I often told myself you were the best teacher for the job of teaching me guitar because you didn’t take any of my crap. And I give out a lot of it because I worry about everything. Remember how you could barely get me to play a scale in the beginning because I worried about that, too? Jeez, if I wasn’t paying you, I would have been surprised you didn’t kick me out. Actually, you did kick me out once, but I’m glad you did because I gave out some crap about not practicing and deserved it. Whatever. Anyway, there are many other reasons why I am satisfied that I hired you:
My mom told me a couple times that her dad used to tell her “don’t bullshit a bullshitter,” meaning: “anything you try to pull, I’ve done or seen before. So don’t even try.” Not that I tried to bullshit you, but I got nervy about everything. And every nervy bout of nervousness was soothed by a world-famous LT goof story from your times of being a mop-headed young musician. (My favorite story is still about the Latino neighbor who called you the wrong name for a long time, and then you ended up playing Carlos Santana with him.) Now that you no longer have mop hair and are pretty successful, I thought to myself, “Dang, it must be okay to make mistakes. A lot.” You might as well have told me, “Don’t spazz out to a spazz. Because I’ve got stories to rival that.”
You actually did call me a spazz once. And then you gave me a book called Guitar Zen and told me it helped you spazz less.
You told me once that I play better than I practice. Meaning that once I’m up and playing in front of people, I think “Why not? This isn’t half bad!” and when I sit down to practice or have a lesson, I get too into myself and overthink every move. I can’t tell you how insightful that was to my whole life. WHOLE LIFE, LT, MY WHOLE LIFE. I characteristically am fine doing anything once I get started and stop sinking into my turtle shell of worries, but on my own it takes a lot to emerge from that shell and give it a go. This also told me that I’m not a bad player, I just need to calm the heck down.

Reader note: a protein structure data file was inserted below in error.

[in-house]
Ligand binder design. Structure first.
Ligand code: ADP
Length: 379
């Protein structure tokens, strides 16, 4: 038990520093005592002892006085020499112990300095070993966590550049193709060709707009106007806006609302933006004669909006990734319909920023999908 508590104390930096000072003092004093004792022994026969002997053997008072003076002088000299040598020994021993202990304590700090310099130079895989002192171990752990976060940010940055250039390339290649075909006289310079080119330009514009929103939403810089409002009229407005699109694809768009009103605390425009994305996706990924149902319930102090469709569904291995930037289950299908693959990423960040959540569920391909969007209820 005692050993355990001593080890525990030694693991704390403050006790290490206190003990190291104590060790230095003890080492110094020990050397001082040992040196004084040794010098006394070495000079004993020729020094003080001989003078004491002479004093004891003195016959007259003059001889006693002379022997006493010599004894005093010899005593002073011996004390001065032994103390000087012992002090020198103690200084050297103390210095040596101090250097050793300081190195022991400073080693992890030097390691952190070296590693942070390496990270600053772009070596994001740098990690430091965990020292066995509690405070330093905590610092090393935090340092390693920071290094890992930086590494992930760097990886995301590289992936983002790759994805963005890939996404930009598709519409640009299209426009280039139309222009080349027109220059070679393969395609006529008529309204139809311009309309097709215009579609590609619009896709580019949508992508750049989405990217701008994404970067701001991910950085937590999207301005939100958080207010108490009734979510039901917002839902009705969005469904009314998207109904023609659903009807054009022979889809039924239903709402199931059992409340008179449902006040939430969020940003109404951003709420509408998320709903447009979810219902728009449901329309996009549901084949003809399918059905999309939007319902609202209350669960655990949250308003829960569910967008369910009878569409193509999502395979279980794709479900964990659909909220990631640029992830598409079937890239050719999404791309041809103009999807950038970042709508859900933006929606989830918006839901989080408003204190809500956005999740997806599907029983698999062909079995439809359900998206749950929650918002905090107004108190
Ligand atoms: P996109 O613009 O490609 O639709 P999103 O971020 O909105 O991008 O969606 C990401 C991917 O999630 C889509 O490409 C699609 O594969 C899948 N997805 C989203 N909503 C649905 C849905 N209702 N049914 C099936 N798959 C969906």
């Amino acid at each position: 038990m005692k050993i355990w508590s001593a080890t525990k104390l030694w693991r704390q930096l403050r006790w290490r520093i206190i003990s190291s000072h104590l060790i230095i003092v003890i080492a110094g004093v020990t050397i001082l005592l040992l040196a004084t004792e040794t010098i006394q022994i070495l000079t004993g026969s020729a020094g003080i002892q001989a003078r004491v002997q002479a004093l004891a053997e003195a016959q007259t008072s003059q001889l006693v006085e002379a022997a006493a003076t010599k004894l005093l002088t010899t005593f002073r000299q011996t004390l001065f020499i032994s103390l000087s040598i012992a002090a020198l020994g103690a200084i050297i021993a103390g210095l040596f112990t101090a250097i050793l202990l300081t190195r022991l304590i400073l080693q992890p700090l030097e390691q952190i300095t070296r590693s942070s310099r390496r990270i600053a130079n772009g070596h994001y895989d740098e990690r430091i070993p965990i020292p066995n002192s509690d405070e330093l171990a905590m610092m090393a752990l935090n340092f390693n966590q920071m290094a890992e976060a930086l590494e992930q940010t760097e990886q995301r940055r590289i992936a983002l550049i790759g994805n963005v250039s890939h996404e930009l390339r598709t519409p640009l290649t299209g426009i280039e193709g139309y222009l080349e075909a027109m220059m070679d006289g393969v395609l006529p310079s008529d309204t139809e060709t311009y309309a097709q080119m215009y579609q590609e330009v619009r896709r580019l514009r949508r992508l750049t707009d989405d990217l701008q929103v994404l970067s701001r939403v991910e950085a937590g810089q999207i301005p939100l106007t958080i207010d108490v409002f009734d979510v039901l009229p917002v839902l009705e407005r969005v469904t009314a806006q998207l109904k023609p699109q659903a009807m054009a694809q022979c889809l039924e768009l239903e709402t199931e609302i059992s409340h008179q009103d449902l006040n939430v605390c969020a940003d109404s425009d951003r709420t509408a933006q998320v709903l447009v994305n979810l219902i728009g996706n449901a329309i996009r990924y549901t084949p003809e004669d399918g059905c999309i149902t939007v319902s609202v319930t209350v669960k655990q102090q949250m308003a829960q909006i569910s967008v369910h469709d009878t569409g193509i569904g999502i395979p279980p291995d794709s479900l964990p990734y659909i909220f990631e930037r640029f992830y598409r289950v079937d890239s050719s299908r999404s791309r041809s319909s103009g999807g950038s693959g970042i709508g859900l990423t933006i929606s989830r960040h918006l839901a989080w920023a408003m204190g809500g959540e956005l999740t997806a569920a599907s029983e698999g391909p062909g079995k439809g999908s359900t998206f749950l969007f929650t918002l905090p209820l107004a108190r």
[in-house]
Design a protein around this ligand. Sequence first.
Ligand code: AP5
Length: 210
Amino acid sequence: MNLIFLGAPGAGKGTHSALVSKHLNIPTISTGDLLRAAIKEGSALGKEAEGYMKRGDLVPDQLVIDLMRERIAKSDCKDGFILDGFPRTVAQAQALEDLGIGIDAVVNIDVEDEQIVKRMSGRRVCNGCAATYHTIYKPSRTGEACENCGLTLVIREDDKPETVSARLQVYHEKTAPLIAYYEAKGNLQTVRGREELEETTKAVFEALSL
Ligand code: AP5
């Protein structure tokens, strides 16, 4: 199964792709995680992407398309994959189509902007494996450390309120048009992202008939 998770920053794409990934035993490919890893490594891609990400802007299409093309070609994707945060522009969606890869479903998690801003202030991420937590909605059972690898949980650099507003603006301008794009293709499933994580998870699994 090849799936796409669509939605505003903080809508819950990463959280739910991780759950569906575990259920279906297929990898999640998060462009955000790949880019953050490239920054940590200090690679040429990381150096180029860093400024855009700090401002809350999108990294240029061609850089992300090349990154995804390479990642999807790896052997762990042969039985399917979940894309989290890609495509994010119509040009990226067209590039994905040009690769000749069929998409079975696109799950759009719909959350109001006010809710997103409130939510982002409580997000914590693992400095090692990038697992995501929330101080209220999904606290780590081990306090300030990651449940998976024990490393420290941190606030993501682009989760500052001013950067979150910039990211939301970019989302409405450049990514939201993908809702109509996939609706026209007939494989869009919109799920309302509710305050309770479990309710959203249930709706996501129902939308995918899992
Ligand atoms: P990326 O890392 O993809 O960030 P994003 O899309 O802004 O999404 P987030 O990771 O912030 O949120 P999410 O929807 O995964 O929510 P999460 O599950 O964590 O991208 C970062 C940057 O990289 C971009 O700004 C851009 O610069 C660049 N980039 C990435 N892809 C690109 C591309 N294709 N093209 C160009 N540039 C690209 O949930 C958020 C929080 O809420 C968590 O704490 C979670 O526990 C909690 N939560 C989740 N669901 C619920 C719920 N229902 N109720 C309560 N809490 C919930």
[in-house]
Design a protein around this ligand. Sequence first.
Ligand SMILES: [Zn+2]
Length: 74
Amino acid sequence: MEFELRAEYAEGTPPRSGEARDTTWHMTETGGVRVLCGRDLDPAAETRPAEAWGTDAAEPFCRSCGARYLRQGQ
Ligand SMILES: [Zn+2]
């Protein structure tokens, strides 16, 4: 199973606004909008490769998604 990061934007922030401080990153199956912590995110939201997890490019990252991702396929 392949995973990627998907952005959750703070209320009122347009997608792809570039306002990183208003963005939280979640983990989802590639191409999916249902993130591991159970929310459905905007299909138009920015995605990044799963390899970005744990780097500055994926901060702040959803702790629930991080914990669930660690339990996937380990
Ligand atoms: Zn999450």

You also call playing along with songs “The Gig Simulator.” I can’t call it anything else, now.
You showed me how much work it takes to be a musician, and showed me, now that I think on it, that I am not a fit for that lifestyle. I had been spazzing out about using music as a career and I got an accurate example of what that takes, and I am relieved: that’s not me. Although, I do greatly admire your years and years of experience – I think you said you started playing in the year I was born, so that’s 18 years of playing!!! – and I think that everyone should buy your CD and come out to the Sunday night jams to hear you and your jazz gang play because it’s really a hard thing to do, become a musician. So, I would much rather write, that’s more my scene.
But! That doesn’t mean I can’t learn for fun and learn to learn because look at what I learned about myself just by playing? I learned from you that with a great teacher, one can learn about herself and the subject at hand. I should call you LT, Guitar Therapist.
In conclusion, I’m weird! And you’re the perfect mix of goof and skilled to turn my weird into a decent musical ability. What other teacher would say, “Hey, you’re a spazz! But we can all be spazzes sometimes, so that’s okay”? I find myself these days in need of some guitar therapy, and even though jazz isn’t really where I want to go with guitar, I miss my goof-storied lessons and musical ideas to try at home. I will admit, I’m out of practice. But maybe that’s just the spazz talking. I don’t know. See? I need you. You put my spazz in perspective. And I thank you. That’s a real gift.
As my mom likes to call it: Your little chicken, Sam